“Fluidics” is the information extracted from bodily fluids and the understanding of liquids or fluids using small diameter volumes. Hippocrates (400 BC), Galen (200 AD) and Theophilus (700 AD) were interested in analyzing urine samples — to understand the human body and its functions (1). They compared and analyzed urine color, corresponding to patients’ symptoms. About 1000 years later, scientists worked on the behavior of fluids using glass containers with small volume and diameters.(more…)Continue Reading...
Welcome back to the drug discovery series! In this post, we journey through target validation and assay development and validation for compound screening!
As mentioned earlier in the series, most small molecule drugs function by modulating the activity of their particular target protein(s). Targets may be identified in a number of ways, for example, through studying disease pathophysiology to find disease-relevant pathways, or using genome and transcriptome analysis to identify proteins that are differentially expressed and/or aberrantly translated during disease. The early stages of any drug discovery effort must include extensive target validation, ideally through a broad combination of in vitro and in vivo (animal models), cellular and ‘omics’ approaches (1).
Compound Screening – Assay Design and Optimization
Compound screening is often carried out on a large scale, where millions of library compounds are screened. Screening on this scale is known as high throughput screening (HTS). If less than millions of compounds are deployed, one should consider low-to-medium throughput or collections of compounds. During screening, compounds are assayed for interactions with the target, typically in 96-, 384-, or 1536-well format. The nature of the interaction that is assayed between a compound and the target may be inhibition, activation, modulating, or binding.Continue Reading...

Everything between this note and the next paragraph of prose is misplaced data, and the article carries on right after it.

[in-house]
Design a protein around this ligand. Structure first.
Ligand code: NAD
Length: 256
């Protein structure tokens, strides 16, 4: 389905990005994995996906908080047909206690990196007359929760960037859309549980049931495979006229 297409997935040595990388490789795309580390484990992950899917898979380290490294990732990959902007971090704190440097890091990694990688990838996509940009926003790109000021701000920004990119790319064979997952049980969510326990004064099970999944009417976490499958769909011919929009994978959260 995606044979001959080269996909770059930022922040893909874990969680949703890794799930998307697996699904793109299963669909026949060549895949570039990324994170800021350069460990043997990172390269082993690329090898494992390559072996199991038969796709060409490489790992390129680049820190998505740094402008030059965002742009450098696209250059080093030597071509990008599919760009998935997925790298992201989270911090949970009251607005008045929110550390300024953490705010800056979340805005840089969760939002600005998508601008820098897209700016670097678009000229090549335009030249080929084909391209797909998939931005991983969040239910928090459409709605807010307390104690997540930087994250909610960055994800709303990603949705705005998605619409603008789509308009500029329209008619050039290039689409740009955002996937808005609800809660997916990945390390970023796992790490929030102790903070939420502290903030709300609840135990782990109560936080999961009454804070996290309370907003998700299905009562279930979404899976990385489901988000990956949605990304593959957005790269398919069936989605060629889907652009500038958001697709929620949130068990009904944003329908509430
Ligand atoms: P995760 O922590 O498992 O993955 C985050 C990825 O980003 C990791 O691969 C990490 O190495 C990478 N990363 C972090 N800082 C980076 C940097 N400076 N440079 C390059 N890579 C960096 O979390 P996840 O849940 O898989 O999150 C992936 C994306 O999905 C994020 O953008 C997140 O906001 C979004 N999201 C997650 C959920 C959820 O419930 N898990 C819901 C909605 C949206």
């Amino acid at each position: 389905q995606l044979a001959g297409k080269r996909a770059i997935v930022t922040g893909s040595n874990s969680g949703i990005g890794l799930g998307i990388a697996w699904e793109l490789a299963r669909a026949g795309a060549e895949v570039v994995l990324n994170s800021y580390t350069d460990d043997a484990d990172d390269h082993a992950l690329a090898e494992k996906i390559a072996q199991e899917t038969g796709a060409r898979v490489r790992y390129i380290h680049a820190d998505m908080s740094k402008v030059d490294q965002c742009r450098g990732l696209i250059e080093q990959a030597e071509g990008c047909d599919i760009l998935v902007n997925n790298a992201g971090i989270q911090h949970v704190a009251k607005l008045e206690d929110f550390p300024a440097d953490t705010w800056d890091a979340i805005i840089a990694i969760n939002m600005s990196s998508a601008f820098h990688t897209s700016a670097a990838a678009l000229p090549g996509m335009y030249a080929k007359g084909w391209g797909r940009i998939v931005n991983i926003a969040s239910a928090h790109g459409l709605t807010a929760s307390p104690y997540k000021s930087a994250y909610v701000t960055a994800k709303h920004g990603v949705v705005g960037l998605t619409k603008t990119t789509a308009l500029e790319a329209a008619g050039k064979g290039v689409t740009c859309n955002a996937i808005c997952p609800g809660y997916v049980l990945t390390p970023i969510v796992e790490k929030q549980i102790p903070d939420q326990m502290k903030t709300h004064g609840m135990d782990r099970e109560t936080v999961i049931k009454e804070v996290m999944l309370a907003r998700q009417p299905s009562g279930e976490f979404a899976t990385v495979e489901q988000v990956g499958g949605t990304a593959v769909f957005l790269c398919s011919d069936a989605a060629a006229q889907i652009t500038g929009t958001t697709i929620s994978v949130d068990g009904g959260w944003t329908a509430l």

Genetically Encoded Biosensors for Research and Drug Discovery
Mitochondrial integrity and function are pivotal to cellular energy production, and mitochondrial dysfunction has been shown to alter the cell cycle, metabolism, cell viability, gene regulation, and other critical aspects of cellular growth and survival.
Mitochondrial Dysfunction – Disease and Cytotoxicity
Mitochondrial dysfunction is associated with a broad spectrum of diseases. For example, in cancer, glycolysis persists to continuously supply ATP for tumor growth while bypassing the need for healthy mitochondria in a phenomenon known as the Warburg Effect (1). Although the underlying genetic reasons for the links between aerobic glycolysis, tumor growth, and hypoxia are not fully understood, the available evidence supports a link between the ability of cancer cells to bypass normal cellular metabolic pathways and mitochondrial dysfunction. Elsewhere, research into neurodegenerative disorders (e.g., Alzheimer’s, amyotrophic lateral sclerosis (ALS), Huntington’s, and Parkinson’s) has revealed the essentiality of mitochondria for neuronal survival, cellular metabolism, and reactive oxygen species production (ROS). Neurons depend on oxidative phosphorylation as a critical source of energy and are very sensitive to intracellular ROS. Consequently, mitochondrial biogenesis and dysfunction are associated with neurodegeneration and aging.Continue Reading...